US trying to fish in troubled Gulf waters

Source:Global Times Published: 2019/7/23 20:58:41

Photo: Xinhua

The oil tanker crisis between Britain and Iran should not be seen as a confrontation between the West and the Islamic Republic as Britain cannot represent the entire West. The US has been stoking tensions with Iran over the nuclear issue, but many Western countries have different stances - they are generally defending the current Iran nuclear deal. 

The future of US-Iran tensions depends on US moves. If the US dare not escalate tensions in the region, the UK won't crank up the pressure. One possible reason for Britain seizing Iran's vessel is to gain more post-Brexit support from the US because Britain doesn't want to lose favor with EU's diplomatic strategy and become isolated. 

Britain seized Iran's tanker on July 4 without much rhyme or reason and got the backing of few countries. A tit-for-tat response by Iran - the seizing of a British-flagged tanker - is logical for Tehran, which has been refusing to give in to Washington for decades. 

However, although Britain is holding the Iranian tanker, the country hasn't changed its stance of defending the nuclear deal. 

Hence, the tanker seizure is not the leitmotif of tensions in the Gulf. The game between the US and Iran is. 

The US was trying to form a military coalition of allies to escort the tankers in the Persian Gulf. All this has come about as tensions between Washington and Tehran peak and the situation could spiral out of control if there is further escalation. Such being the case, US President Donald Trump doesn't want to risk muddling the waters of the Gulf. If the situation runs out of control, it could affect his reelection campaign. 

However, faced with a tit-for-tat Iran, the US cannot raise the white flag. Therefore, the US wants to mobilize support of other countries. The coalition is more symbolic than pragmatic as Iran is not capable of destroying the shipping route in the Gulf. 

Six oil tankers have been attacked since May, in or near, the Strait of Hormuz but it has not been proved that Iran is responsible. If countries such as the US, Israel and Saudi Arabia have solid proof, they would have made it public long ago to pressure the Islamic Republic.

Besides, it would be foolish of Tehran to spark international outrage at this stage, unless Washington pushes it into a corner, leaving it with no choice but to ratchet up tensions by measures like closing the Strait of Hormuz.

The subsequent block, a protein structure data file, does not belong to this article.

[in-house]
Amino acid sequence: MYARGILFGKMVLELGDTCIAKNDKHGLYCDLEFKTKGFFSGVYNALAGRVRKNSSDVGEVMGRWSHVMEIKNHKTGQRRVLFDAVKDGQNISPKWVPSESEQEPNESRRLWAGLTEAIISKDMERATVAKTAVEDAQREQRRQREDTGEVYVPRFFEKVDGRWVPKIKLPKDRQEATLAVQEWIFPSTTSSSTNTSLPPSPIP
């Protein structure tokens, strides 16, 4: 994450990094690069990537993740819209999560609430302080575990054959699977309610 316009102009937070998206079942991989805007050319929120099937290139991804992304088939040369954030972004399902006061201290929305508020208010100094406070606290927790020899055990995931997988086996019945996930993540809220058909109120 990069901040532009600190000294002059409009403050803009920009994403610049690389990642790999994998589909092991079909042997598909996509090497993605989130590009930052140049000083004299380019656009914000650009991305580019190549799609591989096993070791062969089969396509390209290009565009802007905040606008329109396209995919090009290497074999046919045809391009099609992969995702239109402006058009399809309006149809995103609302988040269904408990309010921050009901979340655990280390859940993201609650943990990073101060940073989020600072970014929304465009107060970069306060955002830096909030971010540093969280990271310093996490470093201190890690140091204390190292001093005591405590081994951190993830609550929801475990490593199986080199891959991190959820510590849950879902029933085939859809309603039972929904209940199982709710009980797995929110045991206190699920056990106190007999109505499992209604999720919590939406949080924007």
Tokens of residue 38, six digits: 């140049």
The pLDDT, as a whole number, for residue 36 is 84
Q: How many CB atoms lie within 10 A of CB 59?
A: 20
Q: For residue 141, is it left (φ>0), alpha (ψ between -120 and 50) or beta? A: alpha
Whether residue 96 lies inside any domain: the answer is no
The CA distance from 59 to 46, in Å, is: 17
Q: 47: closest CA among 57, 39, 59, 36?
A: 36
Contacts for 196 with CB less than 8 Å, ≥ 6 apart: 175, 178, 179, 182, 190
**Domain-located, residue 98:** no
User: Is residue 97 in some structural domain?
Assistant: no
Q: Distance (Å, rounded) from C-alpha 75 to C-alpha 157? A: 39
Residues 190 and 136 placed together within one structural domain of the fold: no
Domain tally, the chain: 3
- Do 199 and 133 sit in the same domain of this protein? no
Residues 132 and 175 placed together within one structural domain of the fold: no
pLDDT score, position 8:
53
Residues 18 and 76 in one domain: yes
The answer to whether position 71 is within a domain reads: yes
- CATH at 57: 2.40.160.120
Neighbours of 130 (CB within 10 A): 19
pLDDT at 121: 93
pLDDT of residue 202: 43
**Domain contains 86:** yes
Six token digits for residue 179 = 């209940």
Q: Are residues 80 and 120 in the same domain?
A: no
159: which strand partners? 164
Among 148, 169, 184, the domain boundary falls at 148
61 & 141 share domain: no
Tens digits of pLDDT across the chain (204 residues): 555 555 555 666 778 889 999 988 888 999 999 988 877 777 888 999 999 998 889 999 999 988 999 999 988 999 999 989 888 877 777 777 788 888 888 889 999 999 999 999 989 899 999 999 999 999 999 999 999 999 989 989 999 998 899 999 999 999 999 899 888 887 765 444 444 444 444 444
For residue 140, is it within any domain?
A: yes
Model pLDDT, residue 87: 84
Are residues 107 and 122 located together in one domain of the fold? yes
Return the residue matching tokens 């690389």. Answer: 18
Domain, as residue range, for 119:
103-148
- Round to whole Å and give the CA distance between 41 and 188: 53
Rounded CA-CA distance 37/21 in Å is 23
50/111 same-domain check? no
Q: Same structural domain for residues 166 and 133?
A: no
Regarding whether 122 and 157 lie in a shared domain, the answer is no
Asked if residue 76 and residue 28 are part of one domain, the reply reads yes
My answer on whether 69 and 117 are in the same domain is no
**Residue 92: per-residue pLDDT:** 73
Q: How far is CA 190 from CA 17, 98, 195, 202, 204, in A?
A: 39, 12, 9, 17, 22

Quite a few Western countries still have confidence in Iran. Tehran also hopes to have their back. Many countries disagree with the US, but if Iran attacks ships in the Gulf, it risks losing support. 

The US provoked the confrontation with Iran but it doesn't want to be stuck in the mire. However, things didn't go Washington's way. 

Trump wanted to end on a high note. He said several times that he wanted to talk to Iran and asked countries like Japan to mediate. But some of Trump's aides and staff, such as White House National Security Adviser John Bolton and US Secretary of State Mike Pompeo prefer a tougher stance against Iran. 

Meanwhile, even if the US continues to raise the heat on Iran, it can't expect Tehran to yield as hard-liners in the Gulf nation would push back against any capitulation. Iranians are sort of disappointed over the fact that Iran's current government once believed that the US would withdraw its sanctions after the nuclear deal was signed. But the truth is, after Trump took office, he stepped up sanctions rather than reduce them. So, Iranians won't allow their government to give in. 

Amid tensions with the US, Iran on Monday reportedly captured 17 spies working for the US Central Intelligence Agency and some of them have been sentenced to death. The nationality of the suspects was not revealed. This can be seen as a reaffirmation of Iran's tough stance on the US as well as a message to the Iranian people that their government won't relent in the face of the US.

Under the situation, the role of a third-party - such as signatories of the Iran nuclear deal, the International Atomic Energy Agency (IAEA), and UN - could be significant. The IAEA and UN have recognized the legitimacy of the Iran nuclear deal, while the EU is working on a mechanism to avoid US sanctions to economically assist Iran. These measures will help, but cannot quench Iran's thirst as oil export is crucial for the country. 

The Iran nuclear issue hasn't run into stalemate. It is not becoming more severe or going out of control. Different powers are striving to mediate although their efforts haven't come to fruition. 

The article was compiled by Global Times reporter Xu Hailin based on an interview with Li Weijian, a senior research fellow with the Center for West Asian and African Studies, Shanghai Institute for International Studies.

Posted in: VIEWPOINT

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